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Wildfire Burn Scars Worsen Colorado Flooding

Waldo canyon fire burn scar snapped by a satellite.
A satellite spied the burned-out scar left by Colorado's Waldo Canyon fire on July 4. (Image credit: NASA.)

Boulder, Colo., is getting absolutely drenched — since last night (Sept. 11), an incredible 5 to 10 inches (13 to 25 centimeters) of rain have fallen in the city and its surrounding areas, and the deluge continues.

The downpour has caused flash floods throughout the Boulderarea and killed two people, according to news reports. Many roads throughout the area are impassible, and most businesses and schools throughout the region have closed.

But one factor has made the flooding considerably worse: the wildfires that have stricken the forests in the region in the past few years, said Kari Bowen, a meteorologist with the National Weather Service (NWS) office in Boulder.

"When you have a dense forest with undergrowth, you have plants and things to trap moisture and rain," Bowen told LiveScience. "But when it's gone, you have nothing to catch it." The fire also makes the ground almost hydrophobic, or water-repelling, and these effects can last 10 to 15 years, she added. [Photos: Devastating Colorado Wildfires]

This means that when large quantities of rain fall, the water runs off the ground as it would off a sheet of metal. Even a half inch (1.3 cm) of rain can cause flooding when it falls in a short amount of time, not to mention the current onslaught of precipitation, Bowen said. The mountainous topography of the area worsens the flooding, channeling it into valleys and sending it screaming down the slopes.

Perhaps unsurprisingly, then, the flooding is worse in some areas that have seen forest fires in recent years, including the High Park area and Waldo Canyon, the scene of fires of the same name in June 2012. The Waldo Canyon fire was the worst in the state's history to that date, burning more than 18,000 acres (7,300 hectares) near Colorado Springs and destroying more than 300 homes.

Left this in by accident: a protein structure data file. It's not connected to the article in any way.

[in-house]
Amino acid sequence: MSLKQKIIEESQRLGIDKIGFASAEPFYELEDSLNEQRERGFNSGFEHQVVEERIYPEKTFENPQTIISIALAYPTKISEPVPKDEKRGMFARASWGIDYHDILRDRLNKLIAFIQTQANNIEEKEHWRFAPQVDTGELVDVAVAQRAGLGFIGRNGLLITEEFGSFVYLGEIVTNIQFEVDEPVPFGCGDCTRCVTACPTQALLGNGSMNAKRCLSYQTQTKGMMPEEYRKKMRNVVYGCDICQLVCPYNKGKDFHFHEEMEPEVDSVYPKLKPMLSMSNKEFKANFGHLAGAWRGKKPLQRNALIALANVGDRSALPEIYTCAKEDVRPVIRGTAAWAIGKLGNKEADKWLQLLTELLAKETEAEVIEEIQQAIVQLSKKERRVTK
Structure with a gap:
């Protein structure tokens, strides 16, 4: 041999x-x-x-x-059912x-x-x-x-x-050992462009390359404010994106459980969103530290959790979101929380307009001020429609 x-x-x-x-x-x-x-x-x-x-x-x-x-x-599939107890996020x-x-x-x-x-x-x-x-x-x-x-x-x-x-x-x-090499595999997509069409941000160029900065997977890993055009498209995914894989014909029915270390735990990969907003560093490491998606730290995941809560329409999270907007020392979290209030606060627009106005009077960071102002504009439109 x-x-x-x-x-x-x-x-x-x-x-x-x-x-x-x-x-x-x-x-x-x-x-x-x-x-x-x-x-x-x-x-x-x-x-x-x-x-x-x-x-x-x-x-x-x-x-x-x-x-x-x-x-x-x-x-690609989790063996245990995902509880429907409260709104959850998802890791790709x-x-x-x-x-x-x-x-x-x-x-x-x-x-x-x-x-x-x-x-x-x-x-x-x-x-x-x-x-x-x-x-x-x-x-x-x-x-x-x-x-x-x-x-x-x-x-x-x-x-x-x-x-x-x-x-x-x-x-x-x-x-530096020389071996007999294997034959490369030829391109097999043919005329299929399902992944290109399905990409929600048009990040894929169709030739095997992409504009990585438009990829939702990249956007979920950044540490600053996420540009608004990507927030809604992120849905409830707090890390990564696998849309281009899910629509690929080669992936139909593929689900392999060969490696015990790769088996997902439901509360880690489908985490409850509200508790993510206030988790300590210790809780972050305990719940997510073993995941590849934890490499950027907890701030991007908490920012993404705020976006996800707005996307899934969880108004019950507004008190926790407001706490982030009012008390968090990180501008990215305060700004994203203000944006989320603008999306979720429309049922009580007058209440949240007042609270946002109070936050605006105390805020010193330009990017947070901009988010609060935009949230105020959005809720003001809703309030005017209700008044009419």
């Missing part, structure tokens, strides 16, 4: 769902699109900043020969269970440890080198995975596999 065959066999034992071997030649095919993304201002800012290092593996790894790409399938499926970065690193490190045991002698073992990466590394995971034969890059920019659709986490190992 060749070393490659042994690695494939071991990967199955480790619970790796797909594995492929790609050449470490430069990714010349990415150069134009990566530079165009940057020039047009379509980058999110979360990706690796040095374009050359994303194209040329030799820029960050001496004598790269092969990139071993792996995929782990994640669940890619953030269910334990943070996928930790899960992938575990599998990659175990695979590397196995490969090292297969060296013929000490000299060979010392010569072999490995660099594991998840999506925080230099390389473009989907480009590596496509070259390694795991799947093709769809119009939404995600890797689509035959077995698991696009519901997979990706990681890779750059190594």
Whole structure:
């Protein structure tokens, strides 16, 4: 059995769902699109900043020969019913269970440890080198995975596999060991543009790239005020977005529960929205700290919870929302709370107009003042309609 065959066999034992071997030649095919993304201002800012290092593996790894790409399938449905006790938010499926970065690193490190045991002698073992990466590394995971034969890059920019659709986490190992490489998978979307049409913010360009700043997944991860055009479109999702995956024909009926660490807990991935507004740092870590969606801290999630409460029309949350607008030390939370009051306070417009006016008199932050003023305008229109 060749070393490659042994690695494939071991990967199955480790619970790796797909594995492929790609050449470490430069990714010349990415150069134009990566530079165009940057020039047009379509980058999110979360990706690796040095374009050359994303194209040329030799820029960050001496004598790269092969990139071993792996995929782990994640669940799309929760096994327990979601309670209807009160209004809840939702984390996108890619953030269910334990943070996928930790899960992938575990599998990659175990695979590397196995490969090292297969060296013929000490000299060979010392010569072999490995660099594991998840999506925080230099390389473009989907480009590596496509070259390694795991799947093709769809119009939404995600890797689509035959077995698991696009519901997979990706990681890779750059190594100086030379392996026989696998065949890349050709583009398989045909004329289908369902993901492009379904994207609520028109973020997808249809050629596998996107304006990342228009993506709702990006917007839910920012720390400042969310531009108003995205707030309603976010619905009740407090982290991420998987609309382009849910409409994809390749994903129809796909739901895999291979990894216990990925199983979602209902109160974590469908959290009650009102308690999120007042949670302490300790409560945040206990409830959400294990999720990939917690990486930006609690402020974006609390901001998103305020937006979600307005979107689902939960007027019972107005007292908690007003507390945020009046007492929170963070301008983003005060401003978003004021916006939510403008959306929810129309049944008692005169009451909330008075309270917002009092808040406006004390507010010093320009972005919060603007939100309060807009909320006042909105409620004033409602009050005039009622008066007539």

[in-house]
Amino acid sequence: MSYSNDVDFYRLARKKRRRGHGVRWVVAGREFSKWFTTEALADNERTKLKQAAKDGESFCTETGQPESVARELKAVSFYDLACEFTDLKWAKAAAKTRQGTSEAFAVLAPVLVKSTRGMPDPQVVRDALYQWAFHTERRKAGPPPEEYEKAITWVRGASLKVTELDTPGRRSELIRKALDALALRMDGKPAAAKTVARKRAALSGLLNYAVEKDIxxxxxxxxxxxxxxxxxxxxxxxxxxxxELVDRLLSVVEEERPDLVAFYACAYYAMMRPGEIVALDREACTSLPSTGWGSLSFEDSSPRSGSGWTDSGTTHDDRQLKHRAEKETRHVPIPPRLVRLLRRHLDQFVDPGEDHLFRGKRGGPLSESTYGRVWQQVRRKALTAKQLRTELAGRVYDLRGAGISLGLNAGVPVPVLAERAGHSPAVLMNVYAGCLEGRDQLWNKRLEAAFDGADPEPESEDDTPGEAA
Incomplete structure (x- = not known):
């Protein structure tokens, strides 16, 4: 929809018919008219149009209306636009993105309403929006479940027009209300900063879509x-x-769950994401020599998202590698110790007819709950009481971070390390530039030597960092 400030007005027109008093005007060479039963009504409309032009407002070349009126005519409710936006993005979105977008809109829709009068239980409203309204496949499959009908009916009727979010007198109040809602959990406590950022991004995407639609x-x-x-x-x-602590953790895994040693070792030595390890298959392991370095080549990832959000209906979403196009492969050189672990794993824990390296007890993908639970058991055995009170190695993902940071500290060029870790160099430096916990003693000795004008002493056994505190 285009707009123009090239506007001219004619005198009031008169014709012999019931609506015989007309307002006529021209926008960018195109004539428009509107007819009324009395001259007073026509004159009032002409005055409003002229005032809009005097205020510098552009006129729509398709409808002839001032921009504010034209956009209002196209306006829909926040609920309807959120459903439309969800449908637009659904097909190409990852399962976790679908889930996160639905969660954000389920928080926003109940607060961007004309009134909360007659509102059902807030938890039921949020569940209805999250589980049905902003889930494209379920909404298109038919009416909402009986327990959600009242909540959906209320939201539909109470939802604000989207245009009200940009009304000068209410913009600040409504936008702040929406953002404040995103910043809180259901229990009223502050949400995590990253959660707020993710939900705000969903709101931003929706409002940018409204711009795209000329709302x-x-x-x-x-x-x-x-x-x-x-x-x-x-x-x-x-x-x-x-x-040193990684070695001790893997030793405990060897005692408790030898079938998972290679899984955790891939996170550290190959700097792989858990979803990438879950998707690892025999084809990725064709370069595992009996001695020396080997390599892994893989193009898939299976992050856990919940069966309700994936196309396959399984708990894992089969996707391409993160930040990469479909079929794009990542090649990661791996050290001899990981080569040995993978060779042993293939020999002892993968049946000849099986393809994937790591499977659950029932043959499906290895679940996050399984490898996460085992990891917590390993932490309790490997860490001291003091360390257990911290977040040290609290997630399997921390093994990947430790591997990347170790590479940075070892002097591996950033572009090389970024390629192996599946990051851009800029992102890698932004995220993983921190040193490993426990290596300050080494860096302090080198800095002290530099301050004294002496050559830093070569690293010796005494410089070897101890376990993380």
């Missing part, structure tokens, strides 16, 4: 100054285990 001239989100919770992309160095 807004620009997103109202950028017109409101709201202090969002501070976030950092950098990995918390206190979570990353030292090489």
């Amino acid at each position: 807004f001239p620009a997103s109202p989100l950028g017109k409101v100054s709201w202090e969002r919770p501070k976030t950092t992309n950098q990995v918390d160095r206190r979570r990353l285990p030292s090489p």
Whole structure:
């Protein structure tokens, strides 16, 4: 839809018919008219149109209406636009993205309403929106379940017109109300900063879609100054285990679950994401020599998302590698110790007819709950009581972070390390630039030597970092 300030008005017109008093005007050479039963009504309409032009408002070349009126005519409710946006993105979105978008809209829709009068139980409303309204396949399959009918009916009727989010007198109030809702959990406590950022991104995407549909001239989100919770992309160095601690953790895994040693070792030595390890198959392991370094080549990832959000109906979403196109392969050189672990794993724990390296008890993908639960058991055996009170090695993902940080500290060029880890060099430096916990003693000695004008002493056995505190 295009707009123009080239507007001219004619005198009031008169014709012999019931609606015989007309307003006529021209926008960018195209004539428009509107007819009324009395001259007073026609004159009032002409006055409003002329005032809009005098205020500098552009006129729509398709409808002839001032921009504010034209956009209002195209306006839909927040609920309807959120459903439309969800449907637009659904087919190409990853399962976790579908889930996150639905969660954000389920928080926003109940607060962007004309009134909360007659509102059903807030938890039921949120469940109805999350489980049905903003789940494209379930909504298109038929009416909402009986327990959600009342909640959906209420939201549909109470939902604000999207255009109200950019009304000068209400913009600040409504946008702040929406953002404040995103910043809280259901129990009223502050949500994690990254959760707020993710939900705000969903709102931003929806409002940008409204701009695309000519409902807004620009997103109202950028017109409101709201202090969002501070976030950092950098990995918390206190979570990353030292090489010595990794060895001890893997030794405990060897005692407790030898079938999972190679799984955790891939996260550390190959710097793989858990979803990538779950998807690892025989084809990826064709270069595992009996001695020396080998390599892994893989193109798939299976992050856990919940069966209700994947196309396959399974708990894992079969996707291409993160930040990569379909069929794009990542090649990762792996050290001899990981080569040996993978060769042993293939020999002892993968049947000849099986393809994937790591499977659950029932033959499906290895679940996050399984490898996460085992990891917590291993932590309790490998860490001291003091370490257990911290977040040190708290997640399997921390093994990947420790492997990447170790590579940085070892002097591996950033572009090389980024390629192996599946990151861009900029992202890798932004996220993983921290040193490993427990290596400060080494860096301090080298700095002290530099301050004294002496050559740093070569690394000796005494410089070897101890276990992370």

The burn scars from these fires are also at increased risk of debris flows and mudslides for the same reason: Water quickly runs off, and there are fewer plants to hold rocks and soil in place. "The water carries soil and rocks and dead trees, and causes a lot of destruction," Bowen said.

So far, there have been reports of debris washing out roads in the High Park area, Bowen said. Another place that saw wildfires, the Fourmile Canyon burn area, has multiple roads out due to flooding and debris, according to the NWS. That fire occurred in September 2010, 5 miles (8 kilometers) from downtown Boulder, and burned 6,181 acres (2,501 hectares).

Bowen said residents should stay inside and "shelter in place," if possible. 

"We're just trying to stay on top of this thing and help keep people safe," she said.

Email Douglas Main or follow him on Twitter or Google+. Follow us @livescience, Facebook or Google+. Article originally on LiveScience.

Douglas Main
Douglas Main loves the weird and wonderful world of science, digging into amazing Planet Earth discoveries and wacky animal findings (from marsupials mating themselves to death to zombie worms to tear-drinking butterflies) for Live Science. Follow Doug on Google+.